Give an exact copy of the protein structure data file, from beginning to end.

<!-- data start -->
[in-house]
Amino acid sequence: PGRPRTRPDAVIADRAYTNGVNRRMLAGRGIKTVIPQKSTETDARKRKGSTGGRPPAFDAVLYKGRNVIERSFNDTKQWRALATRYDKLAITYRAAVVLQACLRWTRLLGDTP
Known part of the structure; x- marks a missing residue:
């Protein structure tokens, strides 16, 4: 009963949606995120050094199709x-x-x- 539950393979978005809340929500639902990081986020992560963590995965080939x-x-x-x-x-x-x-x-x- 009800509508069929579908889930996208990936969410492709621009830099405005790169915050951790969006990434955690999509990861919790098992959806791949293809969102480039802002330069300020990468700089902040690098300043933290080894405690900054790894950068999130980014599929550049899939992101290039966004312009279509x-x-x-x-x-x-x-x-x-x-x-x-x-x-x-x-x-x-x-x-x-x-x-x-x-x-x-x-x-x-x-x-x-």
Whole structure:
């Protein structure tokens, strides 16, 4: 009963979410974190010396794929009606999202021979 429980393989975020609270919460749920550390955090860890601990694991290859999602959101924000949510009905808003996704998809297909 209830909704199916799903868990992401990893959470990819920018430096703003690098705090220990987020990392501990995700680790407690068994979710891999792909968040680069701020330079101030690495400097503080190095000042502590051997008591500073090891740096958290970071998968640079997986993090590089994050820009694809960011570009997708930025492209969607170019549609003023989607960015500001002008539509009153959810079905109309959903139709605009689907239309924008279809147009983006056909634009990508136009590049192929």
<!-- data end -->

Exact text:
[in-house]
Amino acid sequence: PGRPRTRPDAVIADRAYTNGVNRRMLAGRGIKTVIPQKSTETDARKRKGSTGGRPPAFDAVLYKGRNVIERSFNDTKQWRALATRYDKLAITYRAAVVLQACLRWTRLLGDTP
Known part of the structure; x- marks a missing residue:
């Protein structure tokens, strides 16, 4: 009963949606995120050094199709x-x-x- 539950393979978005809340929500639902990081986020992560963590995965080939x-x-x-x-x-x-x-x-x- 009800509508069929579908889930996208990936969410492709621009830099405005790169915050951790969006990434955690999509990861919790098992959806791949293809969102480039802002330069300020990468700089902040690098300043933290080894405690900054790894950068999130980014599929550049899939992101290039966004312009279509x-x-x-x-x-x-x-x-x-x-x-x-x-x-x-x-x-x-x-x-x-x-x-x-x-x-x-x-x-x-x-x-x-």
Whole structure:
């Protein structure tokens, strides 16, 4: 009963979410974190010396794929009606999202021979 429980393989975020609270919460749920550390955090860890601990694991290859999602959101924000949510009905808003996704998809297909 209830909704199916799903868990992401990893959470990819920018430096703003690098705090220990987020990392501990995700680790407690068994979710891999792909968040680069701020330079101030690495400097503080190095000042502590051997008591500073090891740096958290970071998968640079997986993090590089994050820009694809960011570009997708930025492209969607170019549609003023989607960015500001002008539509009153959810079905109309959903139709605009689907239309924008279809147009983006056909634009990508136009590049192929």